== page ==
“Free Labor” Tiziana Terranova
How does Terranova characterize the relationship of subcultural movements to capitalism?
Unfortunately I was not able to come for this class. However, the article by Tiziana Terranova, “Free Labor”, starts outlining what is digital economy, which emerged in the late 1990’s, is a “specific mechanism of internal capture of larger pools of social and cultural knowledge”(52). Furthermore, she starts explaining how digital economy has been a form of subculture to have its capital gains. Subculture is a ramification of culture itself, meaning that this one forms a connection between what already producing capital gain.
Terranova explains that monetary value comes from knowledge rather than labor and that the Internet itself is a mechanism of late capitalism meaning that is part of the subculture. As an example, music blog where independents singers post their music and others can use it as a form of capitalism, because system can extract as much value as possible from them. The subculture is composed between the culture, the cultural industry and labor; for example, small designers and as mentioned before independent music labors.
Subcultures are basically branches of one main culture with addition of different adaptions according to different environment and lifestyles and etc. I believe that capitalism and subcultures can’t really exist without one and the other, capitalism needs subcultures to grow bigger and powerful and subcultures need capitalism to put their existence out there.
For example, there’s this artist from South Asia, whose songs reaches the soul and I’m madly in love with his music. Before he became so popular, I was able to get a concert ticket for an affordable price, sit in the front, get to meet, chat and take pictures with him. Now, that half of the world knows him, and music is known worldwide, I’ll be lucky to find a concert ticket for $400 for a seat somewhere in the middle. I still love his music but I was much happier when he he wasn’t so popular and I was able to enjoy his live concerts to the fullest. It’s all great for the artist, and the sponsors but not so great for people like me who loves the live concert experience.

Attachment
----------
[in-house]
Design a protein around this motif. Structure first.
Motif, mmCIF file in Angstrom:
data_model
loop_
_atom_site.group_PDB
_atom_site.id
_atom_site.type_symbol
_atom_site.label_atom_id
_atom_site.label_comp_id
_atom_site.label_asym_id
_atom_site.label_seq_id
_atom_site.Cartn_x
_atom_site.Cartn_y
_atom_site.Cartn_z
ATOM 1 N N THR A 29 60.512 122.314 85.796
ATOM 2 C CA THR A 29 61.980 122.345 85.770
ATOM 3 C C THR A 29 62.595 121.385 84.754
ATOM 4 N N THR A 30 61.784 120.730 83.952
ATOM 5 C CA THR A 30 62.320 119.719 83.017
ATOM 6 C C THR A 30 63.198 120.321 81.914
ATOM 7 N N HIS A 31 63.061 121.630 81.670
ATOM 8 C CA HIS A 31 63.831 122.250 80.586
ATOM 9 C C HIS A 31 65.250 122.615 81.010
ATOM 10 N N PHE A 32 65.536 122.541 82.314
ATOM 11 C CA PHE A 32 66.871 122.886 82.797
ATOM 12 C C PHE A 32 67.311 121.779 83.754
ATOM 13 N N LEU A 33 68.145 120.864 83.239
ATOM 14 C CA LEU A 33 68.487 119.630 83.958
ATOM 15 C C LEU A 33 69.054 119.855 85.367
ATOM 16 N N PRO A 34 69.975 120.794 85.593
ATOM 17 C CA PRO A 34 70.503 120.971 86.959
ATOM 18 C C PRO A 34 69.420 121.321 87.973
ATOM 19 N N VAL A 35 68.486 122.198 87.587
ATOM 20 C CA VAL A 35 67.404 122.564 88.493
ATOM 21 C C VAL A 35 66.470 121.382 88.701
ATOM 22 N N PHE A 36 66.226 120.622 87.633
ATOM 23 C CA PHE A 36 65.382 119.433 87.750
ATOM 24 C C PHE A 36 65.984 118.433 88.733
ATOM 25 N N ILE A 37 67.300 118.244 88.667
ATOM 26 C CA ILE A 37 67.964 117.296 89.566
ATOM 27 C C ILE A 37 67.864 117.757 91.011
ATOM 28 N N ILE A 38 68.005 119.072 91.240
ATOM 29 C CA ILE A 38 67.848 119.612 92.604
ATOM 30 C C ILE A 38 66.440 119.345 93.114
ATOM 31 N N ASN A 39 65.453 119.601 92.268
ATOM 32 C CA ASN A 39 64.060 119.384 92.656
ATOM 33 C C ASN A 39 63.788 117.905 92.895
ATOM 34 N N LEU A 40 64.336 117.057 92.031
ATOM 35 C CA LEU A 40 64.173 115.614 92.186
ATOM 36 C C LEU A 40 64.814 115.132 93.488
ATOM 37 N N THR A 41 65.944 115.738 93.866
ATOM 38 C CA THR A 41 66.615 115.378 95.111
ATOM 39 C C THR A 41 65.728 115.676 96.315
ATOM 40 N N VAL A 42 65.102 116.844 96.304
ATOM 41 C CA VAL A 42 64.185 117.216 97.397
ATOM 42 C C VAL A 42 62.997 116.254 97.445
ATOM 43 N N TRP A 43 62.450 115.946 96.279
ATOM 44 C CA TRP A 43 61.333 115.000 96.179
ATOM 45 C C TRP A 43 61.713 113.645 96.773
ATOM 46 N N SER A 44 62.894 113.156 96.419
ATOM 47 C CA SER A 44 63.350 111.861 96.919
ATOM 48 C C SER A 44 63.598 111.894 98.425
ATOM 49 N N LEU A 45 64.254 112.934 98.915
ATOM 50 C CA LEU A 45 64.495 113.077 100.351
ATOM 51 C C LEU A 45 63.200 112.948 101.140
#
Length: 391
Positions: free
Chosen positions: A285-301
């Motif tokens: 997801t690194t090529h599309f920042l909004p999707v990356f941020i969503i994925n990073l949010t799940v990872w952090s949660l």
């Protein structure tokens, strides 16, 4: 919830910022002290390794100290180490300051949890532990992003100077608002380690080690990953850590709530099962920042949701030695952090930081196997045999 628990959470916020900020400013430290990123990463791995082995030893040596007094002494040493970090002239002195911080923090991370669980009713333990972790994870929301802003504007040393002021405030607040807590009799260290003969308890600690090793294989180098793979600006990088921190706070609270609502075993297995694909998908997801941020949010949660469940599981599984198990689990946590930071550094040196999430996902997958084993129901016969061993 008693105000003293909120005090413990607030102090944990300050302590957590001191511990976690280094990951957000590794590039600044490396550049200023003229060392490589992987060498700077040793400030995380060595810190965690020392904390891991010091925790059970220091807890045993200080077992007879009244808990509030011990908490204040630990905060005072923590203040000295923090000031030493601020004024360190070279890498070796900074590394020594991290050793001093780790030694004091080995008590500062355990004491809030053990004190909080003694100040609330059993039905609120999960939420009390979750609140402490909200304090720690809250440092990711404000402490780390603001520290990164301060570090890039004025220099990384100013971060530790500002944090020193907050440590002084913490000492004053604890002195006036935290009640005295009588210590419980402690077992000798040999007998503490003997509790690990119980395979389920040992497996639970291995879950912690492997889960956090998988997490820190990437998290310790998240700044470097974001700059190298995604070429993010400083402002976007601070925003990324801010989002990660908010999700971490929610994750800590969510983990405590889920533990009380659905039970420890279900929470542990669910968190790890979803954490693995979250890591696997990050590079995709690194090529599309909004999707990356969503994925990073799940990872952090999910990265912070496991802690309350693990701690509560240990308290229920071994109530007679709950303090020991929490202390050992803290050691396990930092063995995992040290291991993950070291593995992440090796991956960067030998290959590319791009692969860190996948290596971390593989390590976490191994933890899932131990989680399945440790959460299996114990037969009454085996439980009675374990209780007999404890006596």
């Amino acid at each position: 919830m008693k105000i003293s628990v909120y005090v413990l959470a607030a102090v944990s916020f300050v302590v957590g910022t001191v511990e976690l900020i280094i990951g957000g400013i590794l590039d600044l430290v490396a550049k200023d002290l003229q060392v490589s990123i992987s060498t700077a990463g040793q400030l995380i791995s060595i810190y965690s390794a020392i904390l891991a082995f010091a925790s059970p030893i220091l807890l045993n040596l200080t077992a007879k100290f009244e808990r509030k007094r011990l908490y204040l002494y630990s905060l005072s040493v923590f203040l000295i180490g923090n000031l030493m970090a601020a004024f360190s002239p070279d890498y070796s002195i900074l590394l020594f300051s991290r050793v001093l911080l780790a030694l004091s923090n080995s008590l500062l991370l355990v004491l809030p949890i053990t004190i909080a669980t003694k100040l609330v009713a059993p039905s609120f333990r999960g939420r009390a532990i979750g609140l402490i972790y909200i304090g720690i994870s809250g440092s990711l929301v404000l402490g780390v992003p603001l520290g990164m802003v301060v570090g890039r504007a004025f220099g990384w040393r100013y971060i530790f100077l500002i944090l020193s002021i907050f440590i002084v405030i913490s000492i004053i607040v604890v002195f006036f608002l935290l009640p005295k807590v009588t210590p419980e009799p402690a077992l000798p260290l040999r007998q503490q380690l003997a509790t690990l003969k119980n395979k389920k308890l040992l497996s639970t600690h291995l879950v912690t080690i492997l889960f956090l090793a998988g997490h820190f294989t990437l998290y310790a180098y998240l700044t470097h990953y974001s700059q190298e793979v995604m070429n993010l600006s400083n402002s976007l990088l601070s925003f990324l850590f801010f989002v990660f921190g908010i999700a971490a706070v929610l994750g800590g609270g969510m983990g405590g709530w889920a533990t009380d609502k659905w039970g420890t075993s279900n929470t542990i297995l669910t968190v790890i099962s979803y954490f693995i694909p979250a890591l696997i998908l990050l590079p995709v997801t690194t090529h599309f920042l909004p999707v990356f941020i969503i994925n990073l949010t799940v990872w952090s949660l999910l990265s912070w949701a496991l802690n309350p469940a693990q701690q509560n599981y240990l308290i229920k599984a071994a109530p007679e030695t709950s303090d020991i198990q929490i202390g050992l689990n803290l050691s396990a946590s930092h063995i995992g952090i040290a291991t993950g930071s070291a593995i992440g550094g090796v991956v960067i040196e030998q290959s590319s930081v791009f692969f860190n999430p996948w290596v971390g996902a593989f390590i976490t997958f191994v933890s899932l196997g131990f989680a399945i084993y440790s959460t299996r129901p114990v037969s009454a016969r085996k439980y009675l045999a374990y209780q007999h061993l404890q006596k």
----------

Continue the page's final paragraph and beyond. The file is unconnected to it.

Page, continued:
A subculture is usually defined as a “cultural group within a larger culture, often having beliefs or interests at variance with those of the larger culture.” (Oxford English Dictionary) Within that definition, the larger culture in the United States is Capitalism. Any other enterprise, organization, institution etc, that is not based upon making money is a subculture. Certain aspects of the internet seem to counteract the Marxist notion that Industrialists seek to gain the knowledge of its workers for the purpose of learning how to control that labor through such knowledge; some argue that since there is no control of knowledge on the internet, that it is open to all, the “controllers of the means of production” that Marx refers to do not exist; and it would seem that in the social sphere of cultural activities such considerations would not exist at all naturally because the commodity of culture has been that of intelligence, a quality which traditionally has neither been one which was sought to be monetized, nor whose participation therein has been considered Labor, but rather leisure activity.
What can and is being monetized however is the value of the Labor that knowledge workers create when they participate in leisure activities to socialize online. This sub- culture of free laborers consists of file-sharers from all strata of academia, and together they-we- have compiled the greatest database of encyclopedic knowledge the world has ever known. This information is free for all to use, although only a very small percentage of its users make a profit from it. The article uses AOL as an example because hundreds of people volunteered to “work” on AOL as chat hosts, “…just for fun…”the article says, and then when AOL adopted a business model that made it ultra-profitable, it did not attempt to acknowledge the contribution to their success the volunteers had made, even though a large percentage of the value of AOL consisted of the work they had done for free. This clearly is a case of a company deriving its value not on venture capital from the otside, but upon the monetizing of information collected and willingly submitted to them from within.